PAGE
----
Bense departed Reading on May 3, 1783, and by May 10, had arrived in New York City. He eventually returned home to the Duchy of Brunswick,
The second account comes from a letter by Sgt.-Maj. Samuel Vaupel, who served in the Leib Company, Erbprinz Regiment of Hessen-Hanau. He reported to his commanding officer, Lt. Col. Lentz, in New York:
Your Excellency, I have a report to humbly send you, also a resolution from the Board of War of Congress and the address of Captain Thomas Bowen. From these, your Excellency will see in what a depressing situation we are in….We were told everyone must choose to either buy himself free or join the American service. The king would not help us, and our prince did not want us… Nobody [from the ranks] responded to this reading and speech. It was immediately ordered that now nobody could leave camp and the proclamation read three times daily. But our people pretty much stuck together.
On August 7, 1782, we were visited by Major-General [Benjamin] Lincoln and Brigadier-General [Moses] Hazen from Lancaster. The Corps had to form up and we were reviewed but they didn’t speak. They rode our regimental street and around the barracks, then went on to Reading.
On the morning of the 10th instant, Brigadier-General Hazen returned with a German Captain [Anthony] Selin from his regiment. The troops had to turn out again and form a circle. The General spoke, which was translated by the above mentioned captain. We should choose to either make ourselves free by paying 80 Dollars or join the American army; the King of England did not care enough about us to exchange us or pay for our provisions; they cannot provide for us any longer when they have problems feeding their own men; and if we continue refusing to make our decision, serious measures will be taken.
After the speech we NCOs said that we could not agree to these conditions, and asked if he would allow two NCOs from our Corps to go to New York to report these conditions to our commanding officer. If he says all hope is gone and doesn’t need us any longer, then every man can do as he wishes. The general’s answer was: He wanted to report it to Congress, but we have not heard anything as of now and don’t expect to.
The above mentioned Captain Selin is Swiss-born and cannot be described badly enough; he was introduced to us as our commander. The new captain called together all the NCOs and gave orders that nobody will dare go 10 paces beyond the post without being termed a deserter and when the provost guard calls and they don’t stop, the guard should fire on them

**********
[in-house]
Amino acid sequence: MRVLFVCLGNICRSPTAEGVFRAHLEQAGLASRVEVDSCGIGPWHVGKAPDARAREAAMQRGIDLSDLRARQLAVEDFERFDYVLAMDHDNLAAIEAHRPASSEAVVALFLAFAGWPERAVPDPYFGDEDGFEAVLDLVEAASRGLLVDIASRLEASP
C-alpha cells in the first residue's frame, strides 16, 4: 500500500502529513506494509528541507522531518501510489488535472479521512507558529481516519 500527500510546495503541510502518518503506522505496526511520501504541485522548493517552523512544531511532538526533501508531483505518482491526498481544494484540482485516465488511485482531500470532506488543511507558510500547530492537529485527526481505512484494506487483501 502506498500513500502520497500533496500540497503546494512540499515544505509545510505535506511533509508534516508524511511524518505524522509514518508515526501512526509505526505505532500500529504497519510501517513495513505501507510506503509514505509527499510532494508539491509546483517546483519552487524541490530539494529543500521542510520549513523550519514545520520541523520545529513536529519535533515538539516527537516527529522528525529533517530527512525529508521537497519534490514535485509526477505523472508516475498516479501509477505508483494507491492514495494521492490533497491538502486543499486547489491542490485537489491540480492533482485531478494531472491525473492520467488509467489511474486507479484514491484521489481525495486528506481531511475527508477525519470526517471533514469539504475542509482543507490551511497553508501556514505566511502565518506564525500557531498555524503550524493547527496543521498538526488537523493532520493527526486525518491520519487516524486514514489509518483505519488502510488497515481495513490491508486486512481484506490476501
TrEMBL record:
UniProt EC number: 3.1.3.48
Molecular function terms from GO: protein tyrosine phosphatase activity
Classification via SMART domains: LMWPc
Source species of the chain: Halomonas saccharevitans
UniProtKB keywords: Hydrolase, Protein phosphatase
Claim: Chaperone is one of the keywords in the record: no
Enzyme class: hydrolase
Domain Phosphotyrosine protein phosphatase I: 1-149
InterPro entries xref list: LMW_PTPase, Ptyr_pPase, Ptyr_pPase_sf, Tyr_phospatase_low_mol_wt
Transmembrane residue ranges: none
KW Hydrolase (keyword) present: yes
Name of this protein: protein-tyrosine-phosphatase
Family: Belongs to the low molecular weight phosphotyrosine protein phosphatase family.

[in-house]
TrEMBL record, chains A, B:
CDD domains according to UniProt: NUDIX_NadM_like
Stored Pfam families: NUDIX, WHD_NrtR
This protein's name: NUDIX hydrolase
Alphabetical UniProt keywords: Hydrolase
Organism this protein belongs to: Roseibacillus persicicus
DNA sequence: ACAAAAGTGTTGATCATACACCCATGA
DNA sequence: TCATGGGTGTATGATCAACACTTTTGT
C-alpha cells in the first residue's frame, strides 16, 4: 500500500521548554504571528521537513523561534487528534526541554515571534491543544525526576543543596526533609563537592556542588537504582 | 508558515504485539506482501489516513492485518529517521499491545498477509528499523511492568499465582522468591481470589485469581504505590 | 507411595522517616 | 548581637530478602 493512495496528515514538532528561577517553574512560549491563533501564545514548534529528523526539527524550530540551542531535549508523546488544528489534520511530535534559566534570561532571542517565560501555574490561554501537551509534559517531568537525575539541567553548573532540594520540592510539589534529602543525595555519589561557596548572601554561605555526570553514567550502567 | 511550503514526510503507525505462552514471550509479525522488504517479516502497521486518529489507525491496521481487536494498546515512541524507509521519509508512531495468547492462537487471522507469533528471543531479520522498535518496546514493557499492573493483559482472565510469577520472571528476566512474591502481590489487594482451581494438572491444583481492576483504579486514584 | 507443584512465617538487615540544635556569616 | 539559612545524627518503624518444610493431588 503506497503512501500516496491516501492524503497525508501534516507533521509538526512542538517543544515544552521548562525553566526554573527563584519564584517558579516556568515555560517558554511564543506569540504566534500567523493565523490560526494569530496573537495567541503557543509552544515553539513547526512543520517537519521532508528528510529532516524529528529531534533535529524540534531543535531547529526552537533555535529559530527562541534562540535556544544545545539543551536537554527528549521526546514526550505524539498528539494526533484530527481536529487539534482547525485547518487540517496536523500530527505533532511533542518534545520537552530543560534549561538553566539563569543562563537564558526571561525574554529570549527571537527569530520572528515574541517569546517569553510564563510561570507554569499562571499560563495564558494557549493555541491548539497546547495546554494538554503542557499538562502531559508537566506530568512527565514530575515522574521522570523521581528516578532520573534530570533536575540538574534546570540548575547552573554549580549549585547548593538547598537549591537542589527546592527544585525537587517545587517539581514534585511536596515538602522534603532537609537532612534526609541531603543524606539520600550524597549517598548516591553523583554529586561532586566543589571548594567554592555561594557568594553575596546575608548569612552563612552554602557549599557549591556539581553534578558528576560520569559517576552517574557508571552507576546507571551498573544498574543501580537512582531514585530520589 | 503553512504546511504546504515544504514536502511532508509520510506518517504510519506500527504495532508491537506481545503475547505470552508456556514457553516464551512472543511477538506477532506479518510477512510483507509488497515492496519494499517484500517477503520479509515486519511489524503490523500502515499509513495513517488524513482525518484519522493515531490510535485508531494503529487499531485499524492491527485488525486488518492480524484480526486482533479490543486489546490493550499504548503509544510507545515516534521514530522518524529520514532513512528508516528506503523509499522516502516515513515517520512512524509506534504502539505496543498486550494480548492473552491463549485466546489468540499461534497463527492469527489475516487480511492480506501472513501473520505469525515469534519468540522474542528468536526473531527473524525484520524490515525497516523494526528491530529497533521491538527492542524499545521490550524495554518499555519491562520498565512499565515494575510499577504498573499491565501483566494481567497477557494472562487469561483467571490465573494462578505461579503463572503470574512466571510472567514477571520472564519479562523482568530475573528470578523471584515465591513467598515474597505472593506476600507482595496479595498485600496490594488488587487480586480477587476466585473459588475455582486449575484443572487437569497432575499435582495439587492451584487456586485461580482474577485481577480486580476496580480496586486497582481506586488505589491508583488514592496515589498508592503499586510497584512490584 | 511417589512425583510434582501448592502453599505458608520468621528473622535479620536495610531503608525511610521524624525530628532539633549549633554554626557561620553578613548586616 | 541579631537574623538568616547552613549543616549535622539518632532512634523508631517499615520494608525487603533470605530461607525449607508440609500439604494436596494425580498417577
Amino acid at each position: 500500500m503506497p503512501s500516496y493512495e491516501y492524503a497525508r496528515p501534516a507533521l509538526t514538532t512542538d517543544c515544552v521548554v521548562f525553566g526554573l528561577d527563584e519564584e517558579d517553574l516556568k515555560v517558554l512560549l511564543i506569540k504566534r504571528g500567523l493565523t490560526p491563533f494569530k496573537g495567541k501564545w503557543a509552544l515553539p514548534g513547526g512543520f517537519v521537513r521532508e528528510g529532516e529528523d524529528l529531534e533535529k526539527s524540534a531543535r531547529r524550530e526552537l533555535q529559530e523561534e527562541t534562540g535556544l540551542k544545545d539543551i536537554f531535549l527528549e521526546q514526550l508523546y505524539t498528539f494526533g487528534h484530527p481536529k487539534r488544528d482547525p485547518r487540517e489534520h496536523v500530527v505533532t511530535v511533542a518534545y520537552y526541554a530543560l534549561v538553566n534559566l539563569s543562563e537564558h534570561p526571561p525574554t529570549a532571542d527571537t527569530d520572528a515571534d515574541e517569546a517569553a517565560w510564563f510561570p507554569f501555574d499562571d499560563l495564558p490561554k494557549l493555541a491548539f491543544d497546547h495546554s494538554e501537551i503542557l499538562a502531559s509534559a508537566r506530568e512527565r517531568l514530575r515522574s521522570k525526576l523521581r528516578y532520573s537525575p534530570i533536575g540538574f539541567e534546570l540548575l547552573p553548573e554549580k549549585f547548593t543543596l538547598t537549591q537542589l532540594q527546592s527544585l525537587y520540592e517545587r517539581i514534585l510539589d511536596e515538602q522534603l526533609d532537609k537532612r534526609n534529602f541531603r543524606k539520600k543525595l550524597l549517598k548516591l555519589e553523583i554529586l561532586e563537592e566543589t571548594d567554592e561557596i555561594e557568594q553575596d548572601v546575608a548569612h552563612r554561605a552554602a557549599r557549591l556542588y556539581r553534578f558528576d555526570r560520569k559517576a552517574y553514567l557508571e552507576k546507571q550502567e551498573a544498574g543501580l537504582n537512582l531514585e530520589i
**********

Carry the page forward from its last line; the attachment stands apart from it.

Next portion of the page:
The water is located just outside the post, but nobody may go for it alone. The NCO of the guard has to call for water and one of his armed guards goes along to the well. This captain has ordered the guard to allow nobody out of camp, not even a woman or child, without permission. [Some of for-hire soldiers were allowed to have wives and children with them.]
He also said he has forbidden the local residents into the camp. It is not permitted to openly bring us an apple. Since all this did not help, the above mentioned captain announced the NCOs were to blame for the lack of enlistments – that they discouraged the men from enlisting.
This lasted until September 7, when he unexpectedly came to the barracks at daybreak and gave the order to march; our people were to go to the mountain with sack and pack. We all packed our things and when we were formed up on the barracks mountain, the captain went from right to left without saying anything. Finally, with the Brunswickers, he began pulling young people from the ranks.
When he came to our regiment he only said the married men and NCOs should step forward. The remainder dressed ranks, were turned right and joined up with the Brunswickers to march to the jail in Reading.
There were 142 men of our regiments and 158 Brunswickers, 300 in all. They filled up the jail and the remainder had to camp in the jail yard. The first day these people had to pay 2 pence for a pail of water and also had to pay for firewood to cook with. They were in this jail through the 10th instant.
On the 11th instant 102 men from the regiment and 84 Brunswickers were taken to the jail in Lancaster.
On the 24th instant, 21 men from the regiment and 25 Brunswickers were again taken to the jail in Lancaster. There is now nobody from the regiment in the Reading jail except the baker Muller from the Lt. Colonel’s Company.
Private Wiskermann of the Leib Company was employed in Reading by a rich widow. On September 2, the captain had him brought in from the widow and asked him to enlist, buy himself free, or be sent to an underground prison or dungeon as the English call it. He decided he would rather be free and the above mentioned madam, named Mifflin, ransomed him.
Fourteen men from the regiment who were employed at an iron smelter, have returned to the barracks. On September 23, 10 of these men were taken to the Reading jail. The other 4 men remained sick in the barracks; the other 10 men were taken, with others, on September 24 to Lancaster. They also had to each pay the jail keeper in Reading 1/4 Dollar for the one night lodging.
Concerning us here in the barracks, we expect daily and hourly to go to the jail. Captain Selin indicated, when the others went to jail, that at the slightest incident or attempt at desertion, the others would also go into the jail. We have to hear daily from this captain how our tyrannical prince no longer needs us and that we will not get any more clothing or money from him. We collectively humbly beg your Excellency to have mercy on us and rescue us from this unhappy and depressing situation.
Should this be impossible, we beg you to have the grace to send us uniforms, blankets, and money. Otherwise it will be impossible to withstand the coming winter as our blankets are torn and so little firewood is issued that we can’t make the fires small enough. . . nobody is allowed out to gather firewood.
Sergeant-Major Vaupel ransomed himself on or about December 8, 1782. His fate is unknown. The fates of the poor German soldiers sent to fight in North America remains a fascinating mystery.
Other than large, handsome houses, there is nothing left of the Hessian campsite in Reading. The historical marker and the name of the neighborhood are the only reflection of the former occupants of the area. However, the presence of those prisoners of war was among the earliest things to draw my interest in the Revolutionary War.
*Source for quotes: Henry J. Retzer, “The Hessian POW’s in Reading Revisited,” Berks History Center, http://www.berkshistory.org/multimedia/articles/hessian/*